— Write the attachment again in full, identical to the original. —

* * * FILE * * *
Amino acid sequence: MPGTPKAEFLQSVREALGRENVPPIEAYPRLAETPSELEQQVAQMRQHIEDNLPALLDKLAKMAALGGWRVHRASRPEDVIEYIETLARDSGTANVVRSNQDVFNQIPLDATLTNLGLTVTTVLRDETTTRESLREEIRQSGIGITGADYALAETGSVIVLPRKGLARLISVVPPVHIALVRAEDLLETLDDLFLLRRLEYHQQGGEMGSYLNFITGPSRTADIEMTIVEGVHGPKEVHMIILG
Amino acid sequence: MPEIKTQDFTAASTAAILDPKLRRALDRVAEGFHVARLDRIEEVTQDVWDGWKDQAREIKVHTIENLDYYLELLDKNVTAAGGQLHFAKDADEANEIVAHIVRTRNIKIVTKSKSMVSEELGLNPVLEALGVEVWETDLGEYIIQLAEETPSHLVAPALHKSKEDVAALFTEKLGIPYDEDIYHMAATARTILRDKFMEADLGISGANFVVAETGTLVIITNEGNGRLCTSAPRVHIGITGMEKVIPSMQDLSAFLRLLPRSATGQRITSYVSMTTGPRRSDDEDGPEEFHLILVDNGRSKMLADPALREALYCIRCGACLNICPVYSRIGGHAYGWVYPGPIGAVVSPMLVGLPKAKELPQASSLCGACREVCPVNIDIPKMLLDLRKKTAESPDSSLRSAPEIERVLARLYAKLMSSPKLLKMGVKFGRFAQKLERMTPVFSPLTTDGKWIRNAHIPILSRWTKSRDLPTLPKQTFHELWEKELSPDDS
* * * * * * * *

Amino acid sequence: MPGTPKAEFLQSVREALGRENVPPIEAYPRLAETPSELEQQVAQMRQHIEDNLPALLDKLAKMAALGGWRVHRASRPEDVIEYIETLARDSGTANVVRSNQDVFNQIPLDATLTNLGLTVTTVLRDETTTRESLREEIRQSGIGITGADYALAETGSVIVLPRKGLARLISVVPPVHIALVRAEDLLETLDDLFLLRRLEYHQQGGEMGSYLNFITGPSRTADIEMTIVEGVHGPKEVHMIILG
Amino acid sequence: MPEIKTQDFTAASTAAILDPKLRRALDRVAEGFHVARLDRIEEVTQDVWDGWKDQAREIKVHTIENLDYYLELLDKNVTAAGGQLHFAKDADEANEIVAHIVRTRNIKIVTKSKSMVSEELGLNPVLEALGVEVWETDLGEYIIQLAEETPSHLVAPALHKSKEDVAALFTEKLGIPYDEDIYHMAATARTILRDKFMEADLGISGANFVVAETGTLVIITNEGNGRLCTSAPRVHIGITGMEKVIPSMQDLSAFLRLLPRSATGQRITSYVSMTTGPRRSDDEDGPEEFHLILVDNGRSKMLADPALREALYCIRCGACLNICPVYSRIGGHAYGWVYPGPIGAVVSPMLVGLPKAKELPQASSLCGACREVCPVNIDIPKMLLDLRKKTAESPDSSLRSAPEIERVLARLYAKLMSSPKLLKMGVKFGRFAQKLERMTPVFSPLTTDGKWIRNAHIPILSRWTKSRDLPTLPKQTFHELWEKELSPDDS